Common Myths About the Probate Process
The average person is not likely to be well versed in estate planning law, so it should come as no surprise that there are a variety of myths that surround the estate planning and probate process.
Here are just a few of these most common probate-related myths and the truths behind them.
MYTH: The probate process will take years.
While some extremely high-value, complex estates or estates with lots of family infighting can take a long time, the vast majority of estates will not take that long to resolve. The biggest delays you can generally expect are the time that must pass under state law to allow creditors to file claims, which is a three-month window in Florida, for example. Once that period has elapsed, you can close the estate as soon as the personal representative has settled matters such as gathering and distributing assets and paying debts and taxes.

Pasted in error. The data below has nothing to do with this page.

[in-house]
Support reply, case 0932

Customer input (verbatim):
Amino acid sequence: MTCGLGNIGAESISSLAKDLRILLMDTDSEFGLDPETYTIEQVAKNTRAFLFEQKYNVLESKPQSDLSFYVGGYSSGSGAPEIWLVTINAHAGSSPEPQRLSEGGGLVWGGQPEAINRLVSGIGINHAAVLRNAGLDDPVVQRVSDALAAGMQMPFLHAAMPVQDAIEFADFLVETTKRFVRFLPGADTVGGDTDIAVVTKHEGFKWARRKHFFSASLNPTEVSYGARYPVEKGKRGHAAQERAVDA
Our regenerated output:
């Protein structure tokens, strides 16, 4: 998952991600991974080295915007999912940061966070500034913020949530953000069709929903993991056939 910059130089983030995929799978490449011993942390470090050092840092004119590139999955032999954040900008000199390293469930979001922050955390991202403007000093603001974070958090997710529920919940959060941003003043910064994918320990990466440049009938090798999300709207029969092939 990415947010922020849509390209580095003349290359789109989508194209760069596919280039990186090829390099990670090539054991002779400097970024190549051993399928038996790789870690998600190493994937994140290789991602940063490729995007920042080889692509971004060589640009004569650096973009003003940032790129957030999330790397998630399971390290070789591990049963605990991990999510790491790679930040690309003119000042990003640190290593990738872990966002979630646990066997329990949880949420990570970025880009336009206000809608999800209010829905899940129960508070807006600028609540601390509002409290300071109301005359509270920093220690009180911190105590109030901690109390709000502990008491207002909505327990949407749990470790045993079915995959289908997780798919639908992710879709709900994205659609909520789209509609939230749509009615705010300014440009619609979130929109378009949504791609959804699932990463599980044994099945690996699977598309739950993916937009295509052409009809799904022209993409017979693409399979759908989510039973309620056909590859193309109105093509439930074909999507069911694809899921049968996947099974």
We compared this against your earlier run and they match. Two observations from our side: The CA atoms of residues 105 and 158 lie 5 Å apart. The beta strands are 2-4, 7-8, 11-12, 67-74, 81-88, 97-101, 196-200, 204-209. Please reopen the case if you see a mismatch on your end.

MYTH: If you die without a will, the state will get all your assets
While it’s true that state processes dictate what happens to your possessions if you die without a will, the state itself will not automatically take possession. Your spouse and children will be the first to inherit, followed by parents and siblings. Your assets will only go to the state if no surviving relatives can be found.
MYTH: Probate costs will drain your estate value
Even if your estate does need to go through the formal estate process, typically costs will only be five percent or less of the total value of the estate. Expenses increase if there is to be litigation.
MYTH: I’m under no obligation to leave anything to my spouse
State law gives surviving spouses the right to take an “elective share” of the estate, even if you and your spouse came to an agreement where they would take nothing. On the other hand, if your agreement qualifies as a valid prenuptial or postnuptial agreement in your state, those agreements could have the effect of waiving the surviving spouse’s rights.
For more information about common estate planning myths and the truths behind them, contact an experienced Tampa estate planning lawyer at BaumannKangas Estate Law.